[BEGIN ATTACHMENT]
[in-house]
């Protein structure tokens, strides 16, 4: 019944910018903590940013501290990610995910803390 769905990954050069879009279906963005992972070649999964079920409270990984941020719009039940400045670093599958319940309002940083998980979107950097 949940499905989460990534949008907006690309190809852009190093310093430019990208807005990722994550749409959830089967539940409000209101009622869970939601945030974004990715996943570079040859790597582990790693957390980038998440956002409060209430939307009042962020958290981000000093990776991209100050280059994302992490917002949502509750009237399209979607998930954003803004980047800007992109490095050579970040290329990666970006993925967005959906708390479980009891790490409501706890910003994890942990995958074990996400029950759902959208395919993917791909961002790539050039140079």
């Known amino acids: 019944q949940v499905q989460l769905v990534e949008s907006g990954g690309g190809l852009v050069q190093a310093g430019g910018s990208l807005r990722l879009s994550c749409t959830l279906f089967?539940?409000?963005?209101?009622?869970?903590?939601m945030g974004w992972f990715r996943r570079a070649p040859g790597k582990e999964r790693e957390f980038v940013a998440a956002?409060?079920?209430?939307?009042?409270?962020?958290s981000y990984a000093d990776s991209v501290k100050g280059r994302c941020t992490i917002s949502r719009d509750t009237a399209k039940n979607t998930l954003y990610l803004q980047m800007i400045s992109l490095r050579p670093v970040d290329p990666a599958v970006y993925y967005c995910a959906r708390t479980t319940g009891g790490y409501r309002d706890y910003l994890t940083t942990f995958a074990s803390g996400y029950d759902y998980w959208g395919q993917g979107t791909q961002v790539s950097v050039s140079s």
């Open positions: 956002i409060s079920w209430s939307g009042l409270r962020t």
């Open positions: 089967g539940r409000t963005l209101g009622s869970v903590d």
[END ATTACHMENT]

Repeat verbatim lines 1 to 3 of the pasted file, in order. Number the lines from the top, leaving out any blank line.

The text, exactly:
[in-house]
């Protein structure tokens, strides 16, 4: 019944910018903590940013501290990610995910803390 769905990954050069879009279906963005992972070649999964079920409270990984941020719009039940400045670093599958319940309002940083998980979107950097 949940499905989460990534949008907006690309190809852009190093310093430019990208807005990722994550749409959830089967539940409000209101009622869970939601945030974004990715996943570079040859790597582990790693957390980038998440956002409060209430939307009042962020958290981000000093990776991209100050280059994302992490917002949502509750009237399209979607998930954003803004980047800007992109490095050579970040290329990666970006993925967005959906708390479980009891790490409501706890910003994890942990995958074990996400029950759902959208395919993917791909961002790539050039140079």
């Known amino acids: 019944q949940v499905q989460l769905v990534e949008s907006g990954g690309g190809l852009v050069q190093a310093g430019g910018s990208l807005r990722l879009s994550c749409t959830l279906f089967?539940?409000?963005?209101?009622?869970?903590?939601m945030g974004w992972f990715r996943r570079a070649p040859g790597k582990e999964r790693e957390f980038v940013a998440a956002?409060?079920?209430?939307?009042?409270?962020?958290s981000y990984a000093d990776s991209v501290k100050g280059r994302c941020t992490i917002s949502r719009d509750t009237a399209k039940n979607t998930l954003y990610l803004q980047m800007i400045s992109l490095r050579p670093v970040d290329p990666a599958v970006y993925y967005c995910a959906r708390t479980t319940g009891g790490y409501r309002d706890y910003l994890t940083t942990f995958a074990s803390g996400y029950d759902y998980w959208g395919q993917g979107t791909q961002v790539s950097v050039s140079s």